1. Get Existing Subscribers to View the Video Quickly
Perhaps the number one most important thing you can do for a video is get a strong burst of views in the first three days after the video comes out. It doesn’t necessarily matter where those views come from, so long as they’re real and valid views, but it’s easiest to get them from your subscribers.
The best way to do this is to set up some kind of off-site means of contacting your subscribers. Getting people to sign up for a mailing list, or at least just set up notifications for when you publish new content, can be great. Also, whenever you publish a video, if you have a blog you should publish an article on the same topic and embed the video.
2. Encourage Longer Views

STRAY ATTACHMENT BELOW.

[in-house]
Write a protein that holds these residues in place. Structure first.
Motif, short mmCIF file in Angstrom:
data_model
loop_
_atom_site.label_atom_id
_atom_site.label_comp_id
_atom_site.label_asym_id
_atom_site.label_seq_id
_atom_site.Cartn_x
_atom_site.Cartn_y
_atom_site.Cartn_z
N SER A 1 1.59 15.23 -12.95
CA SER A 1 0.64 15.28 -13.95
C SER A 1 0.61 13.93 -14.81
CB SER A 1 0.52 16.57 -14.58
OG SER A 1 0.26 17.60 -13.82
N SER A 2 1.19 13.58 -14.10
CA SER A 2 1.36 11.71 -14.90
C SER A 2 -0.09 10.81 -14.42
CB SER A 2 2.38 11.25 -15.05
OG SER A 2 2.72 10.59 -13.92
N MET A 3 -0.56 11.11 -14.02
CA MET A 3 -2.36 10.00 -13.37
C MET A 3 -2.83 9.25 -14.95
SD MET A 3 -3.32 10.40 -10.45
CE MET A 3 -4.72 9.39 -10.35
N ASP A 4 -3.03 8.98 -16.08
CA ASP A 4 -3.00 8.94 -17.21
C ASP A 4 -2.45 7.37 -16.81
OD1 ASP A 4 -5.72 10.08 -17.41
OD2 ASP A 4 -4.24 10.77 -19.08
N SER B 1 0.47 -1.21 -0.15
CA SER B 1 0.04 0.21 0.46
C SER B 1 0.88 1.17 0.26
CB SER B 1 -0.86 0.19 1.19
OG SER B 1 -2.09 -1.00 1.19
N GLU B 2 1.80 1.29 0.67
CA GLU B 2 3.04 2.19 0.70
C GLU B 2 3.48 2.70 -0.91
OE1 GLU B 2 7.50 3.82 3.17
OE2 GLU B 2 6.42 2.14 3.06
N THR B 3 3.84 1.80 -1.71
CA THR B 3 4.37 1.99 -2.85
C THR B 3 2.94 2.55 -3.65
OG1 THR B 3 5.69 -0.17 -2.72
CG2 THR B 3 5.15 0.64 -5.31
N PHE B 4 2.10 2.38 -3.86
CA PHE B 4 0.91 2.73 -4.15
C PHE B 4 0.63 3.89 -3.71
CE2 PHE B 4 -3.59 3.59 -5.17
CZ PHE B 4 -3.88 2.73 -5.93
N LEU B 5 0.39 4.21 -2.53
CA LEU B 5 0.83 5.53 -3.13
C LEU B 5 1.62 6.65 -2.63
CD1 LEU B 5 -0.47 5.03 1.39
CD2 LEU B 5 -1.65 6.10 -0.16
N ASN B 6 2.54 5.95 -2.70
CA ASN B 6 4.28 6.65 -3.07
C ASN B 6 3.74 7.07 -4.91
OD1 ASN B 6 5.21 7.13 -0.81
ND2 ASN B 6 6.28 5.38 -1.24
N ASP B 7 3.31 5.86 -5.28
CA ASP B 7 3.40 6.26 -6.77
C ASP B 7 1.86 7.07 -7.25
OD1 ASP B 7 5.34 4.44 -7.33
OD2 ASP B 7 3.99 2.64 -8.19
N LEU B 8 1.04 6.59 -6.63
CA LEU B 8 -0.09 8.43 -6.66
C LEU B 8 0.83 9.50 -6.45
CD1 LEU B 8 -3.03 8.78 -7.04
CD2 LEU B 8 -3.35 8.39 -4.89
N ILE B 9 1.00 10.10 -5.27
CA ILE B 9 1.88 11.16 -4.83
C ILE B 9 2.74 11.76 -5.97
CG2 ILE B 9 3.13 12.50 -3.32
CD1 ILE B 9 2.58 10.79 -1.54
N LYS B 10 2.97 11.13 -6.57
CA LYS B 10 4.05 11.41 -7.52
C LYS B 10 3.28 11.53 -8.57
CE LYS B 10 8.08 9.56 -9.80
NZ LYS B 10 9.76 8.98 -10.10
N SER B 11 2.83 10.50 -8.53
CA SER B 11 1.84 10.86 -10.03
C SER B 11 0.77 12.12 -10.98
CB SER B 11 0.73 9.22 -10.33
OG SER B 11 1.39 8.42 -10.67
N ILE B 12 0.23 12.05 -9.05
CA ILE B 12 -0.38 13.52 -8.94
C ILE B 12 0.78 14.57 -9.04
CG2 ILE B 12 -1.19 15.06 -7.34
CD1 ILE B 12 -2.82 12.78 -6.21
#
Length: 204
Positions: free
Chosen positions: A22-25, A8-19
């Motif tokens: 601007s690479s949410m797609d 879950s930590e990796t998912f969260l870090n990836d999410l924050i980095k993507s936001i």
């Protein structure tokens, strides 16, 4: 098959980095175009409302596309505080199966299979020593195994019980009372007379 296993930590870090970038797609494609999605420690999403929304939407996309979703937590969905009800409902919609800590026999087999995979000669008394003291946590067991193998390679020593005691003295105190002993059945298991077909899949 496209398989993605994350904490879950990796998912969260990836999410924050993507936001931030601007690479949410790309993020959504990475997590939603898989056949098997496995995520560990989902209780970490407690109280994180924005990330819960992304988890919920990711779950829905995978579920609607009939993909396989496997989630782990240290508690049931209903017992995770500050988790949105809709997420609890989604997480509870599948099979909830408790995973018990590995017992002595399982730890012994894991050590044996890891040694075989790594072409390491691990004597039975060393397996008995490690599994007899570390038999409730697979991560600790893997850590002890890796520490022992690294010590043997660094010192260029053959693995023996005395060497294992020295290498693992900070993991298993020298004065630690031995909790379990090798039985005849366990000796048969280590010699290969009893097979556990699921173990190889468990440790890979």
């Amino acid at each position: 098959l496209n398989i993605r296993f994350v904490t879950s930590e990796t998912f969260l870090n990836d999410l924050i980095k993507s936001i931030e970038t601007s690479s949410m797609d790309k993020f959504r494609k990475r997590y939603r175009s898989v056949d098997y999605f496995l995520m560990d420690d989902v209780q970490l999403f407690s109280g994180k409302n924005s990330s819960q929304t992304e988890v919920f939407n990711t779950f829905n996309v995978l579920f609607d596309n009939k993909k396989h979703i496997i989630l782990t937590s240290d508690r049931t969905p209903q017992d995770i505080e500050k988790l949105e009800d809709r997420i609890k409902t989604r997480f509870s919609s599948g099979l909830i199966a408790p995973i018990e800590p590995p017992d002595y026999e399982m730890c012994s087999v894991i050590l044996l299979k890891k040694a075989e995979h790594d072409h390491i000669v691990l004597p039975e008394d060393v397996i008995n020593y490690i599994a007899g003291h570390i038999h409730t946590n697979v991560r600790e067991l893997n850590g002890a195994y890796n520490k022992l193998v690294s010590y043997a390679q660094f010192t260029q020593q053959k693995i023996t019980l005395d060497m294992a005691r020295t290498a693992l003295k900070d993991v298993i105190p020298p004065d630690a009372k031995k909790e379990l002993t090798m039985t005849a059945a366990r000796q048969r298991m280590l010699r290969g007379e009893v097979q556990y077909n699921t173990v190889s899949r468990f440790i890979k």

Longer views are empirically better than shorter views, though complete views of a Vine-length video work just fine. If you’re concerned about marketing and not just meme-producing, though, you’re going to want to produce longer videos. I know a lot of common advice recommends the ideal length of a YouTube video at somewhere around two or three minutes, but that’s an odd side effect of how YouTube is often used for music and memes as well as marketing.
I actually recommend videos closer to 10 minutes long. You just need to find a topic that’s engaging enough to get people to sit through it all. These videos need to be value-dense and should keep watching all the way through.
3. Get People from Off-Site to Browse YouTube
A newsletter, a blog, business cards with your channel name on it; it doesn’t matter how you do it.